Flying down A-Line grinning ear-to-ear, I suddenly realized there was someone standing in the middle of the next jump waving their arms wildly. As I hit the brakes the scene on the other side of the jump came into view. A rider was down, curled up into a ball with a handful of other riders gathered round looking worried. I recognized the helmet of the down rider as one of the Pinkbike test riders. As I got closer he was making those miserable sounds that people make while gasping for breath after having the wind knocked out of them. He was also contorted in a scary maybe-hurt-neck kind of way. Someone sped off to get a medic.
As he rebooted his breathing and returned to normal, his memory of the event was still there. The medic arrived and I turned to wondering what had happened. His cassette had somehow come off his test bike and rolled down the landing of the jump. I wondered, “How in the hell does a cassette come off?” Spotting his bike laying off the trail, the chainstay had failed and the rear end had twisted enough that the cassette had actually fallen off the wheel!
I sat outside the emergency room to watch the expensive test bikes. It was only after a few hours of waiting that I realized the hospital had bike locks they loaned out to injured riders. There was so many bike riders going into those doors! The news from inside was that he seemed to be ok but they were going to do some more x-rays and a few stitches. Watching the parade of people going to ER started to seem sickly funny to me. People walking crooked looking bikes in makeshift slings or with visors bent at odd angles on their helmets… there seemed to be a new patient every few minutes. The crash scene from earlier had really shaken my confidence, so rather than going back to riding, I stayed and watched the show.
I’d flown into Vancouver a few days before. The Pinkbike folks were doing this year’s Field Test and I was tagging along to meet the crew and try to think up cartoon ideas. They had a “cabin” on a mountainside in Pemberton that we stayed in. When I arrived a ride was about to head out. Complaining that I felt too tired after the flight and long car drive they put me on an eMTB normally used by the camera crew and up we went. I thought the e-bike was kind of cool, but it also felt clunky and hard to maneuver. Effortlessly climbing next to the much younger and much fitter riders on the steep fire road was surreal. Descending on trails that were a lot steeper than anything I was used to riding on such a heavy bike woke me up. Bombing down chutes where you can’t stop once you drop-in was new to me. It is a fun kind of unplanned looseness and my mind struggled to think fast enough. The old adage of “look ahead” was really important here… slipping into my bad habit of watching my front wheel nearly got me into trouble a few times.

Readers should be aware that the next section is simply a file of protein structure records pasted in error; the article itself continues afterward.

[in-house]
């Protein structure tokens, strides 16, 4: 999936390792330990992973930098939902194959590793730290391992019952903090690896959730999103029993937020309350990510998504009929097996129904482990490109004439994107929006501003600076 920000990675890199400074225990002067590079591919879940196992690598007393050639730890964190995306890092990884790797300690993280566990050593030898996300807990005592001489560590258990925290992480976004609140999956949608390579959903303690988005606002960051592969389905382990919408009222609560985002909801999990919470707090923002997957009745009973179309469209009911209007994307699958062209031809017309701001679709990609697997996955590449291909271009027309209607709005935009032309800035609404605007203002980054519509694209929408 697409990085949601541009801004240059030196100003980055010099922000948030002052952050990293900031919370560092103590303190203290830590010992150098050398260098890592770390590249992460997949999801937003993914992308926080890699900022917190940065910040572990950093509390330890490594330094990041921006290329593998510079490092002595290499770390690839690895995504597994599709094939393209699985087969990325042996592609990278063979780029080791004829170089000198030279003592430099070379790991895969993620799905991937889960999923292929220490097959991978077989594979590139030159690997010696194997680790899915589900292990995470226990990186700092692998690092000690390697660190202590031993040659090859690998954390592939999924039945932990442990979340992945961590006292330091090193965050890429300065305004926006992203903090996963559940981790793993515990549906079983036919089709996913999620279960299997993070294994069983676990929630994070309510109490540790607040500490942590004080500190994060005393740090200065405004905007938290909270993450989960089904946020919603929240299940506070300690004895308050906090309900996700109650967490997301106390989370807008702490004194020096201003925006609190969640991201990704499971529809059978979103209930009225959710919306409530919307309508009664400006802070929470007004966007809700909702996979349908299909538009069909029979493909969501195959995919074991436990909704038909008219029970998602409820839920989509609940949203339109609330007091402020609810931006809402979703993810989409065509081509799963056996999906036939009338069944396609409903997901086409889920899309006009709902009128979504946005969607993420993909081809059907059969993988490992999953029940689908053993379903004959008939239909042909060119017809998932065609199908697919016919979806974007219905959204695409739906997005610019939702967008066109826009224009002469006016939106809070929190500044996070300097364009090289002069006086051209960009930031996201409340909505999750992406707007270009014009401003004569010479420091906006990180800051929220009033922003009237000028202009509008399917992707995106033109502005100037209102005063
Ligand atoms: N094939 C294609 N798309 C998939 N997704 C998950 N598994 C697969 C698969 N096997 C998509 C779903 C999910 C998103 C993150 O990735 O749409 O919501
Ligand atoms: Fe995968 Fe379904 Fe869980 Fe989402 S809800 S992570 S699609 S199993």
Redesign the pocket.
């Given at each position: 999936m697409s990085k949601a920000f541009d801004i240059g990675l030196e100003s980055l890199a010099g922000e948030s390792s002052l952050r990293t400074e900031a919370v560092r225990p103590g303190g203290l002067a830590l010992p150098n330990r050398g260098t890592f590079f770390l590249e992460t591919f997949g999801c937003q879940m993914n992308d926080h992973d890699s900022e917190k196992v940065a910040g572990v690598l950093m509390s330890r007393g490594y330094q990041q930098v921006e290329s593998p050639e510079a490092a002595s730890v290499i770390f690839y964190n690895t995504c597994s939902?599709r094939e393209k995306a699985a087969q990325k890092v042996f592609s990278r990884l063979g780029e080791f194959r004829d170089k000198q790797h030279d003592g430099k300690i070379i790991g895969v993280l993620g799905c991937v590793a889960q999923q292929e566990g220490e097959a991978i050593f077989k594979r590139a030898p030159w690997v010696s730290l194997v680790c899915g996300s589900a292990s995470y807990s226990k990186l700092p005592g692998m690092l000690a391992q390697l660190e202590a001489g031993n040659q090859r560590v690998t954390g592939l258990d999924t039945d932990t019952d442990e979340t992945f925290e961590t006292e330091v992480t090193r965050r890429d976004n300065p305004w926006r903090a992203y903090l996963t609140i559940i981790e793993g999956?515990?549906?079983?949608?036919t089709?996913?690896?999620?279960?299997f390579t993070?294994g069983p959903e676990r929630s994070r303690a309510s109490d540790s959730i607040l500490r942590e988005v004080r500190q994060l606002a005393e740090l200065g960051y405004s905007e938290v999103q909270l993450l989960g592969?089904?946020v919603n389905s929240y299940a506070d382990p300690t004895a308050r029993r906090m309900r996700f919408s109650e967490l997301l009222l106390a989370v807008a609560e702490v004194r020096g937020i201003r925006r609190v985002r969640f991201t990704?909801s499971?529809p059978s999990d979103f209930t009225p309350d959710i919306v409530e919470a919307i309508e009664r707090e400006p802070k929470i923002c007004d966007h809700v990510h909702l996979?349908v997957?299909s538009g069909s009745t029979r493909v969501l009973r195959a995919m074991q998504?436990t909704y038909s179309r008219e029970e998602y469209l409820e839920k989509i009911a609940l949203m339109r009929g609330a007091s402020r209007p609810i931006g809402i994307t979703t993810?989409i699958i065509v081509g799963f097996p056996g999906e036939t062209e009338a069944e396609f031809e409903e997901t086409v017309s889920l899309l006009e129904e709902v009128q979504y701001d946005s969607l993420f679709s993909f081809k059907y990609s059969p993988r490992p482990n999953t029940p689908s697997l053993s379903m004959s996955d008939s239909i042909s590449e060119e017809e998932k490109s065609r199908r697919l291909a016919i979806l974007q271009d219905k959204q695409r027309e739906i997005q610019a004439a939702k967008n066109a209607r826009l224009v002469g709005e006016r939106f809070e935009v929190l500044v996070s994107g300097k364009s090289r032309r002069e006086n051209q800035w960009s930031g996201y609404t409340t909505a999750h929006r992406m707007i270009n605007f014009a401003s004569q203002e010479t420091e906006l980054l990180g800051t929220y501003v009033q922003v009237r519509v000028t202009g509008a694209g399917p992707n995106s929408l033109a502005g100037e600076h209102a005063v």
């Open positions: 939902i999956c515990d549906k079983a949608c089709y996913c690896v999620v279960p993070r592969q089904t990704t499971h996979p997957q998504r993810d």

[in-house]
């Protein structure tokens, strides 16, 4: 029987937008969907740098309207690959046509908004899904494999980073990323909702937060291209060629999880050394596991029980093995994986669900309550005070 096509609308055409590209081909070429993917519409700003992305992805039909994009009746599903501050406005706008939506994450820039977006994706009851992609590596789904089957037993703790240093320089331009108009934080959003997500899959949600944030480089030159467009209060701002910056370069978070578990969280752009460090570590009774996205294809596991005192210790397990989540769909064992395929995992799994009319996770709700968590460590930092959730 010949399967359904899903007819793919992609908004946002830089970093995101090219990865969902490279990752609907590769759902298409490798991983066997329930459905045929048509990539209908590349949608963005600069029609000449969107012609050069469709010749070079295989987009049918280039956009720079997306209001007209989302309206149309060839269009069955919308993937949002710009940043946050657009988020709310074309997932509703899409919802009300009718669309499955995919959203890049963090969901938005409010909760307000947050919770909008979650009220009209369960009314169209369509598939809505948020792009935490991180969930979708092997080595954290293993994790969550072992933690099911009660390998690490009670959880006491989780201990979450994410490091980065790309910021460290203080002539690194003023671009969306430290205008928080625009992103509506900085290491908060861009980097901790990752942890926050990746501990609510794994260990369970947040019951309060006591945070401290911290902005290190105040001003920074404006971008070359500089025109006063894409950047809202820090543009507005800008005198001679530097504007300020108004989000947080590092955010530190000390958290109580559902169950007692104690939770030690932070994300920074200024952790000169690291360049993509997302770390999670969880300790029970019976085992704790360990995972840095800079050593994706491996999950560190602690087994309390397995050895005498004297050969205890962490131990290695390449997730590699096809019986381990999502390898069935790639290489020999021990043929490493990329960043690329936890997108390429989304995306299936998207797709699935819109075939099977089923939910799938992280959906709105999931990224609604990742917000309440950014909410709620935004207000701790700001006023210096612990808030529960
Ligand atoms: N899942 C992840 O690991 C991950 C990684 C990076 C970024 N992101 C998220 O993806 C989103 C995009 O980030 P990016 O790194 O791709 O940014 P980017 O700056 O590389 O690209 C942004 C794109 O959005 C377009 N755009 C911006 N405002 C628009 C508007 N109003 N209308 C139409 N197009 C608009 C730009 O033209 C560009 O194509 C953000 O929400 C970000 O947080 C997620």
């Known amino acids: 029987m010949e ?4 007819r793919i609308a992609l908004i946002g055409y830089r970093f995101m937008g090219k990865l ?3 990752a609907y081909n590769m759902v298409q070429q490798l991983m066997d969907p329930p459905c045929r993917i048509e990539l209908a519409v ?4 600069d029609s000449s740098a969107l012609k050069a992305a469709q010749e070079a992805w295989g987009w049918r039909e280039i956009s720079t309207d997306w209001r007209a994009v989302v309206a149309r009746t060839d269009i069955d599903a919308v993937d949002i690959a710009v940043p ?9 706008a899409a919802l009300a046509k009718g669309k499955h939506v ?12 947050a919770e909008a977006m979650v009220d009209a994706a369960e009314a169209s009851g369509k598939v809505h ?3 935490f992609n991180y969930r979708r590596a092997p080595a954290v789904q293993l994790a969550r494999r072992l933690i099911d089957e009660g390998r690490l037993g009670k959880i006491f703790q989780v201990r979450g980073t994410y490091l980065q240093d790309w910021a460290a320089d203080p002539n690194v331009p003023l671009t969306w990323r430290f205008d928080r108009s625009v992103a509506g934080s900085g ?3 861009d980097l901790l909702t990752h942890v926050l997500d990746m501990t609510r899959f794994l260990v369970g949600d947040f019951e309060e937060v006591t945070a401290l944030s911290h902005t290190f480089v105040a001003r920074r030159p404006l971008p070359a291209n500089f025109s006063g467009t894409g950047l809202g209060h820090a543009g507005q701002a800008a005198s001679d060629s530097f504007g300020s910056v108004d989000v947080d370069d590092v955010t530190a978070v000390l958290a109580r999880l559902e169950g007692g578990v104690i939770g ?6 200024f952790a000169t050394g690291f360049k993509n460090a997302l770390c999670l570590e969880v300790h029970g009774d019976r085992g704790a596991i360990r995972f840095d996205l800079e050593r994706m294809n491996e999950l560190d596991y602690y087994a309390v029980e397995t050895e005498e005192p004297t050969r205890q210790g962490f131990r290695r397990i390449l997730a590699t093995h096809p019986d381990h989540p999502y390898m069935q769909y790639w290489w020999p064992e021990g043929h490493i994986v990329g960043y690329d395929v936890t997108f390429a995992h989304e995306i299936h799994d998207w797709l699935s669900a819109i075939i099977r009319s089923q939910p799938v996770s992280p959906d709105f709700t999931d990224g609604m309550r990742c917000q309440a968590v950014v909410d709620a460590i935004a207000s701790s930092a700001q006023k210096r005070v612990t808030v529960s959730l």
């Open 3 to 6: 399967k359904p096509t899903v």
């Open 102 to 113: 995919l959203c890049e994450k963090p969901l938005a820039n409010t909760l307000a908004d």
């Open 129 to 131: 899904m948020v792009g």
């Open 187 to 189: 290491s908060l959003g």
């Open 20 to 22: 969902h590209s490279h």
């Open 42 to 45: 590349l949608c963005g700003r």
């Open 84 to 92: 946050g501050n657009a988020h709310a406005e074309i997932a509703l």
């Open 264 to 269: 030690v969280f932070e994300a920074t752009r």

In the evening the whole crew gathered around the dinner table together and the meal was prepared by whoever seemed into cooking that night. Having never met any of the Pinkbike staff in person I quickly started to feel welcomed and comfortable with everyone. They were all really busy with the Field Test and I had nothing to do, so I did the dishes. With a hot tub looking out into the valley and a fridge full of beer (not to mention a bunch of the best bikes and great trails just out the door) I was surprised how diligently everyone focused on work. The film and photo guys were editing and planning out the upcoming shoots. The test riders were washing bikes, setting them up and writing notes about the test rides. They also employed micrometers, digital gauges, and tape measurers to do things with suspension I didn’t understand. Even all the tires on the bikes had been changed to matching sets so that the bikes could be more accurately compared. They all seemed serious about their testing and reviewing. They even asked what I thought of the bikes, though I'm sure describing them as "boingy and springy" was not very helpful.
They took me on a few rides around Pemberton which was good, and then they brought me to Whistler’s bike park. It was SO good. I know everyone says that about Whistler, but really, it was astoundingly amazing! My first run there Luca and Mike Kazimer
led me into A-Line and that “trail” is one of the best things I’ve ever ridden. I’d find myself going so much faster than I had ever gone towards a jump. There’d be a couple little flags in the ground to signal that there was a feature and all I could see is a huge jump’s lip with sky behind it. Everyone tells you to "trust the trail" and it will work (and it does) but it is kind of scary those first few runs. Hands off the brakes... it feels like too much speed... trust that the landing will be in the right place.
The next day we headed back to Whistler and on our first lap of the day the test bike broke and we had the crash. I guess they’ll cover that more in the Field Test but on a more personal level it was pretty scary and very glad he’s ok. I flew home to Michigan soon after and carefully went through my entire bike before I felt safe riding it. I also found myself googling "how to move to Canada" and looking for way that I could go back to Whistler. I want to ride that every day... but maybe I'll wear pads next time!